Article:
A New Public Network?
A new public network won’t be embraced just because it's more technically compelling; it also has to shed the baggage carried by today’s PSTN/Internet.
Two articles posted on No Jitter early this week are notable for their shared opinion that a new crop of leaders is about to emerge in enterprise UC and collaboration. Writing from quite different perspectives, Sonus's Mykola Konrad and long-time industry analyst Tom Nolle show how Google, Facebook and the soon-to-be tandem of Skype-Microsoft could overturn the market landscape.
Konrad writes, "I believe that we are witnessing the rapid emergence of what is in essence, a new PSTN alternative in the guise of social networks, like Facebook and Groupon, and providers like Skype, Google and Baidu. This alternative will allow companies to extend unified communication consumerization to their voice architectures--both at the network fabric layer and at the device layer."
He continues, "I can envision a future where companies no longer have PBXs as we currently know them on their premises or even as we currently know 'cloud-based solutions.' Instead, a session border controller (SBC) will connect them to SIP trunks offered through Microsoft/Skype, which is then peered with the Facebook network but obtains its voice features from the Google cloud."
Nolle takes a different tack but arrives at a complementary conclusion: "Traditional UC/UCC players need to think about their role in the future, and there’s really only one role that will be available--the supporting role. Remember, company communication has always leveraged public communications services. If 'public communications services' means social-network-integrated communications, the UC/UCC players need to start thinking about how they'll integrate with social networks."
Nolle argues that the traditional UC/UCC vendors face three basic options: Create their own social framework for communications and collaborations, ally with one of emerging winners or accept what Nolle calls "a secondary role." For reasons he describes in his post, he believes that option 3, traditional vendors become secondary, is the most likely outcome.
Both posts have much to commend them. Konrad emphasizes the enterprise voice architecture angle, with session border controllers evolving into a linchpin device equipped with a new, much broader array of capabilities. Since SBCs are a key product line for Sonus, Konrad's enthusiasm for this view isn't surprising, but it's also true that SIP Trunking is growing by leaps and bounds and SBCs are integral to their use. While cost-savings currently drives the interest in SIP Trunking, it also offers the potential for new applications in conjunction with the familiar carriers or with Skype and the social networking service providers.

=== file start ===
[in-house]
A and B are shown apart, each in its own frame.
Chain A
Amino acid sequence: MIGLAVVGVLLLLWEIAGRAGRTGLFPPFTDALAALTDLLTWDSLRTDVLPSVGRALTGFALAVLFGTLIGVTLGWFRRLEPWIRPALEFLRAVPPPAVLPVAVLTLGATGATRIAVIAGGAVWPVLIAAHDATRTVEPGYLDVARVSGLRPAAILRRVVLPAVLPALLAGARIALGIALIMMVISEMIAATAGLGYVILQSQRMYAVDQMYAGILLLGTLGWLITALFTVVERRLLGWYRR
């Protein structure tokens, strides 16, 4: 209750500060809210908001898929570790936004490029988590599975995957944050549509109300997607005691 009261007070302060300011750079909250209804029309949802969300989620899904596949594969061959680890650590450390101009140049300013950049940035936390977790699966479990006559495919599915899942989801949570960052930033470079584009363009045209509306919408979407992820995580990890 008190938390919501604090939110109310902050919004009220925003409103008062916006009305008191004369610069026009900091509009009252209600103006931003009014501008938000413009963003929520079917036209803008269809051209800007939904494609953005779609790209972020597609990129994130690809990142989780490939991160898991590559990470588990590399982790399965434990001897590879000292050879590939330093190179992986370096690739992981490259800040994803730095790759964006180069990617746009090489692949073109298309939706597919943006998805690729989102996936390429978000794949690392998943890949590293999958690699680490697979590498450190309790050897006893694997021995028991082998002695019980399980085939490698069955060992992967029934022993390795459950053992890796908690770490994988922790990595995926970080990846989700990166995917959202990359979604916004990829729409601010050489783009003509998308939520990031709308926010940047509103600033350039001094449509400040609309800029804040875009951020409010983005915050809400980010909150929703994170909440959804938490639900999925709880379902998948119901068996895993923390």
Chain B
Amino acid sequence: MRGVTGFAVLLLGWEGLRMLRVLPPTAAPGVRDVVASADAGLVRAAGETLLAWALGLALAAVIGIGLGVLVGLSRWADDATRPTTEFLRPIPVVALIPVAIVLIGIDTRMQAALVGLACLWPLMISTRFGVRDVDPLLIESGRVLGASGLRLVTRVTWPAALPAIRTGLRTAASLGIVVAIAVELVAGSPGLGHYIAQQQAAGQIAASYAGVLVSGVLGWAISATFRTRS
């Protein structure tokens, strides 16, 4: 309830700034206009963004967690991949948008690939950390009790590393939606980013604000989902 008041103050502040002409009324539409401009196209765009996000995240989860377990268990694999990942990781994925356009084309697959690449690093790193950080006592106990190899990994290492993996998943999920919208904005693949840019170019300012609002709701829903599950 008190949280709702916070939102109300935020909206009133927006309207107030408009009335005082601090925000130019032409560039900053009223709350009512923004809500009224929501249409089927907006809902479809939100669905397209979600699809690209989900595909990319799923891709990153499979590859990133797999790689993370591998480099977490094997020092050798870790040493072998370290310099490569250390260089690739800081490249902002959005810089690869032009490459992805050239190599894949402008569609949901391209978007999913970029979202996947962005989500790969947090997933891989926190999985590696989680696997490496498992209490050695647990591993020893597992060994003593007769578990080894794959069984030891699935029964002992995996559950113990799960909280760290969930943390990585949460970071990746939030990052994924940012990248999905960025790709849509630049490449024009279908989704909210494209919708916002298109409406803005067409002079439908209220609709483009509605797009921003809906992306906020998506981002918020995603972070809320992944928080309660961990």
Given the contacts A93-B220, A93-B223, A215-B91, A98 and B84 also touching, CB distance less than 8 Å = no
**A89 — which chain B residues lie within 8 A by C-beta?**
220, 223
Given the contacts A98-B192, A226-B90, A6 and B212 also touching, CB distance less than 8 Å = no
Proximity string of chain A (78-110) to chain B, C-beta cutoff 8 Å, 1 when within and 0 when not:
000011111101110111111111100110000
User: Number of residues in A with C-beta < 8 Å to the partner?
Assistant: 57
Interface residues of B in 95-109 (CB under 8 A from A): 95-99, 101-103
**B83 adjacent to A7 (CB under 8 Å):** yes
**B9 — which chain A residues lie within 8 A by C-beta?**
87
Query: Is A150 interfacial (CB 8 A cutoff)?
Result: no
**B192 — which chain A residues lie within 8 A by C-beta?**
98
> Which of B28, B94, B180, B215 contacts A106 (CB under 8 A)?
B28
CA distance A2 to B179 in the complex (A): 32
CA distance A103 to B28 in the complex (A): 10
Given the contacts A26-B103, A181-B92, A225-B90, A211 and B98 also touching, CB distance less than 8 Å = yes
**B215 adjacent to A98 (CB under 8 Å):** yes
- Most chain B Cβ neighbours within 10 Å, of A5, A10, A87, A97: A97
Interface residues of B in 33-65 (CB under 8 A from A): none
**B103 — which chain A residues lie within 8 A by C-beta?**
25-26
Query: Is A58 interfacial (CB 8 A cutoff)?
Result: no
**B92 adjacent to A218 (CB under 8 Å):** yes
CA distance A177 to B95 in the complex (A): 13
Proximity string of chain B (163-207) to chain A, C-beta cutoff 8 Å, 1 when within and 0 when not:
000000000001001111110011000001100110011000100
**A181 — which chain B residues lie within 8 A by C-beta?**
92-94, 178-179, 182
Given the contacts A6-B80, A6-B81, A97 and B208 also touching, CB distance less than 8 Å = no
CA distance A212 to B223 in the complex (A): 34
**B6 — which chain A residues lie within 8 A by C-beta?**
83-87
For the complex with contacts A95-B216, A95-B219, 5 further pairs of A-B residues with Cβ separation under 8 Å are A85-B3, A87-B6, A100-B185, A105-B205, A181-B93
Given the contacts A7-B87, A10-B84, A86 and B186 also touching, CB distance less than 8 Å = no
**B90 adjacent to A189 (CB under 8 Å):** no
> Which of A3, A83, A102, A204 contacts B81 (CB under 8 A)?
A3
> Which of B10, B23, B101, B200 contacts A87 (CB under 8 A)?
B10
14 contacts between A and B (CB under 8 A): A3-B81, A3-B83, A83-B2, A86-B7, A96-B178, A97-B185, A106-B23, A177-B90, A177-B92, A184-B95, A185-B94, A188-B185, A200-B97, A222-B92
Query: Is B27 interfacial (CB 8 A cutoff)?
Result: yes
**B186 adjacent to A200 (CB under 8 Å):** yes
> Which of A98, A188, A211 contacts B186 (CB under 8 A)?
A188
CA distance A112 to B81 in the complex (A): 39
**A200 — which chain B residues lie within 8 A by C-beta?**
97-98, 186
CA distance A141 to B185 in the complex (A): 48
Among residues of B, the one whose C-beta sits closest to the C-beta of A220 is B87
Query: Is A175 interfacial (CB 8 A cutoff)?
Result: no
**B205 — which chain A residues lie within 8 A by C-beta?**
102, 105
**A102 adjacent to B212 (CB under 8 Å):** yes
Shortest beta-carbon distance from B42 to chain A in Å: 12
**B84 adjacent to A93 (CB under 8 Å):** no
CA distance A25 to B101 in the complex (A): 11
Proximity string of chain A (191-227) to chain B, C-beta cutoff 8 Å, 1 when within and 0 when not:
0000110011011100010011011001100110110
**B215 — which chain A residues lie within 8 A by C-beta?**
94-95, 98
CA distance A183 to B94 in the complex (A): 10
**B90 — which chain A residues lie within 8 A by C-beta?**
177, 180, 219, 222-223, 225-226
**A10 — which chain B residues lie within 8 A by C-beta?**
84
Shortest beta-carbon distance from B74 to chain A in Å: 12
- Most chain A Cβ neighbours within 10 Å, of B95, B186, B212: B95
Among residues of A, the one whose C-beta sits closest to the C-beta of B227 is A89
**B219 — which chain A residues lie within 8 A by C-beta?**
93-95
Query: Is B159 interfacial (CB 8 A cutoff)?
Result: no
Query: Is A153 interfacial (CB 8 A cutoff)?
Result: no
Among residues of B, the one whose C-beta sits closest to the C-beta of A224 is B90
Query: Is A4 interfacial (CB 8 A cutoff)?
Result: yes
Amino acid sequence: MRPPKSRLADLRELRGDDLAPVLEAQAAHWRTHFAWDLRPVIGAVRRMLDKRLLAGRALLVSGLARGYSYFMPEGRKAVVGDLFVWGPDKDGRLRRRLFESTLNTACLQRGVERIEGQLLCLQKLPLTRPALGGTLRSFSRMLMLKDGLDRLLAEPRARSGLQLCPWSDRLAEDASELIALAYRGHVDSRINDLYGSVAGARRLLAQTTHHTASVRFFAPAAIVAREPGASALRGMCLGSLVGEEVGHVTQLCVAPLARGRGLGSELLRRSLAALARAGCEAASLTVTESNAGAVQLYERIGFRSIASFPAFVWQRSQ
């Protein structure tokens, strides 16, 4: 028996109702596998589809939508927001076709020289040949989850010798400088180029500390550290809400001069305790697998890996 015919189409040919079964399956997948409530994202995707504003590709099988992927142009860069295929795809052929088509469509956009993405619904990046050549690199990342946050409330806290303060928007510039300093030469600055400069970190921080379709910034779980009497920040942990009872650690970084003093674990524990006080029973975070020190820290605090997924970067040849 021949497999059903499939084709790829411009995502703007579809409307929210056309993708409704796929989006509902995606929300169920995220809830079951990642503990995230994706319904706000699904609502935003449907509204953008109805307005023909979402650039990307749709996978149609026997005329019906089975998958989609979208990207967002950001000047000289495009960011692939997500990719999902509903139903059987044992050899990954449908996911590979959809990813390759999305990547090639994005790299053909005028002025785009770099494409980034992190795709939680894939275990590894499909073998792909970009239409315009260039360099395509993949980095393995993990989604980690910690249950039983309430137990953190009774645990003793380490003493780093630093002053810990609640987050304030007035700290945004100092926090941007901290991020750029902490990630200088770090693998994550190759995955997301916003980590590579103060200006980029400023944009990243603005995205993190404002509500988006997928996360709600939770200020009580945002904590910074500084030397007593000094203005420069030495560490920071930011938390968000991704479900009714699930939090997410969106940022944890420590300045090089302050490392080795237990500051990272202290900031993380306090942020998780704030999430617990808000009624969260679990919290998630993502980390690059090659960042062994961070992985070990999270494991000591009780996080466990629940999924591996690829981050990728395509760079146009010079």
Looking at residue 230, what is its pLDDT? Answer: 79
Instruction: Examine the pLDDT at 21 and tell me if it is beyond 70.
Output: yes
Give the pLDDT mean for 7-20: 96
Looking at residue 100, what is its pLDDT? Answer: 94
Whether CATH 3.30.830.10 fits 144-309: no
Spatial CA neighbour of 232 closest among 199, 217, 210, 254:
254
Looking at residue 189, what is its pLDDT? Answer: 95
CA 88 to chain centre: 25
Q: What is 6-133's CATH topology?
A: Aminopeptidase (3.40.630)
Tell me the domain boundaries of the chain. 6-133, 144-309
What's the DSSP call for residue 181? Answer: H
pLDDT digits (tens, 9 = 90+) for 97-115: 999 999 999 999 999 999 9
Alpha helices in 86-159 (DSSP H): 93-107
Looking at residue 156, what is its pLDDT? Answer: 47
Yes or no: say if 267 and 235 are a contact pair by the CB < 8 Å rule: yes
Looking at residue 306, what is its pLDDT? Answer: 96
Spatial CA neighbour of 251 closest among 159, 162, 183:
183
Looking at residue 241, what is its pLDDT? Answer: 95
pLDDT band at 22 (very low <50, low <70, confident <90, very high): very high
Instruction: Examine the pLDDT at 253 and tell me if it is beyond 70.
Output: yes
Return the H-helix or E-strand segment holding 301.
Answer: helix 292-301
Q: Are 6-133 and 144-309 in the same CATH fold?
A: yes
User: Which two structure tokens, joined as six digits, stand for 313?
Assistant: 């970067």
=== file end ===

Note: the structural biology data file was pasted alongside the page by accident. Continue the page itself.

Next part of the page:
There are plenty ways to react to these two posts: Some may want to slit their wrists, others may choose to revisit their stock portfolios and there'll also be a group that will begin to weep with joy and shout Hallelujah! Go ahead, but also consider the following:
* Security and Privacy: In recent months we've seen even the most hardened networks--government, military, financial services--hacked, jacked, cracked and whacked. With which of the anointed emerging giants--the Skype/Microsoft duo, Google or Facebook--would you put your enterprise's corporate jewels? Yeah, that's what I thought.
* Business Models: Google's current stock price doesn't reflect any revenues from enterprise IT/comms, nor does Facebook's pre-IPO valuation. Both companies share a common mission: Aggregating eyeballs to serve advertisers. Have you seen any evidence that they intend to create the human and technical infrastructure to support enterprise IT? Me neither.
* Openness: Skype is an amazing service that has attracted millions of subscribers world-wide, all of whom are OK staying within Skype's walled garden because the price is right--it's free. And corporate users have been cool with it too, albeit for limited purposes. So it's big news when Skype announces Skype for SIP or Skype for Asterisk, because, well, it's big news when Skype talks to anyone other than itself. Similarly, we've learned, often the hard way, that a product or service that has "SIP" on the label doesn't mean diddly-doo when it comes to interoperability. Konrad's vision is very appealing, but it's going to take a lot of hard work and investment to overcome the interoperability, management, number-scheme and other issues that are pre-conditions for it to become reality.
This is not to throw cold water on the arguments that Konrad and Nolle have put forward. They're right about UC&C needing a boost, and they paint a picture that is more nuanced and appealing than anything that's been advanced thus far by devotees of the "Cloud." While there may be differences in their visions of the "new public network," their essential idea about a new public network emerging seems inevitable.
But from an enterprise perspective, a new public network won’t be embraced just because it's more technically compelling; it also has to shed the baggage carried by today’s PSTN/Internet. Tackling the three bullet points above--security/privacy, business models and openness--would be a great place to start.